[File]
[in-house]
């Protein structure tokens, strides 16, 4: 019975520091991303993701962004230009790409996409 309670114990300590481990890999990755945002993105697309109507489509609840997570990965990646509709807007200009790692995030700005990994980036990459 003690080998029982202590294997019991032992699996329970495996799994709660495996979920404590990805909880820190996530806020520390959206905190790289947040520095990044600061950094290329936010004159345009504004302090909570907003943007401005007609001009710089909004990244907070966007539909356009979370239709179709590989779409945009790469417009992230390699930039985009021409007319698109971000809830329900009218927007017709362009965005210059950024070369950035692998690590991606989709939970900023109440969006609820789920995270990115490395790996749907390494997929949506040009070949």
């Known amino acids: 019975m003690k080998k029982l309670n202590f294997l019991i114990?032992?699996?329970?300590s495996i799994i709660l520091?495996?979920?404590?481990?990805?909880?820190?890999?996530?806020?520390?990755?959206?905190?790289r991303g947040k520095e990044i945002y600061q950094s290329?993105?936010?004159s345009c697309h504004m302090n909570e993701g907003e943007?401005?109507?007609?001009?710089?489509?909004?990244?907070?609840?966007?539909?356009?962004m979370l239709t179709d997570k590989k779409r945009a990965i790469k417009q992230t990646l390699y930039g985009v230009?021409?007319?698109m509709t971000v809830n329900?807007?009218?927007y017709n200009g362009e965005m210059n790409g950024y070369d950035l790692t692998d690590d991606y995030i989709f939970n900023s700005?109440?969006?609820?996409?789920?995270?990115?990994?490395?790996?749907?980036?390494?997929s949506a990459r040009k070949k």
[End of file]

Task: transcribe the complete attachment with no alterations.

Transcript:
[in-house]
């Protein structure tokens, strides 16, 4: 019975520091991303993701962004230009790409996409 309670114990300590481990890999990755945002993105697309109507489509609840997570990965990646509709807007200009790692995030700005990994980036990459 003690080998029982202590294997019991032992699996329970495996799994709660495996979920404590990805909880820190996530806020520390959206905190790289947040520095990044600061950094290329936010004159345009504004302090909570907003943007401005007609001009710089909004990244907070966007539909356009979370239709179709590989779409945009790469417009992230390699930039985009021409007319698109971000809830329900009218927007017709362009965005210059950024070369950035692998690590991606989709939970900023109440969006609820789920995270990115490395790996749907390494997929949506040009070949």
């Known amino acids: 019975m003690k080998k029982l309670n202590f294997l019991i114990?032992?699996?329970?300590s495996i799994i709660l520091?495996?979920?404590?481990?990805?909880?820190?890999?996530?806020?520390?990755?959206?905190?790289r991303g947040k520095e990044i945002y600061q950094s290329?993105?936010?004159s345009c697309h504004m302090n909570e993701g907003e943007?401005?109507?007609?001009?710089?489509?909004?990244?907070?609840?966007?539909?356009?962004m979370l239709t179709d997570k590989k779409r945009a990965i790469k417009q992230t990646l390699y930039g985009v230009?021409?007319?698109m509709t971000v809830n329900?807007?009218?927007y017709n200009g362009e965005m210059n790409g950024y070369d950035l790692t692998d690590d991606y995030i989709f939970n900023s700005?109440?969006?609820?996409?789920?995270?990115?990994?490395?790996?749907?980036?390494?997929s949506a990459r040009k070949k």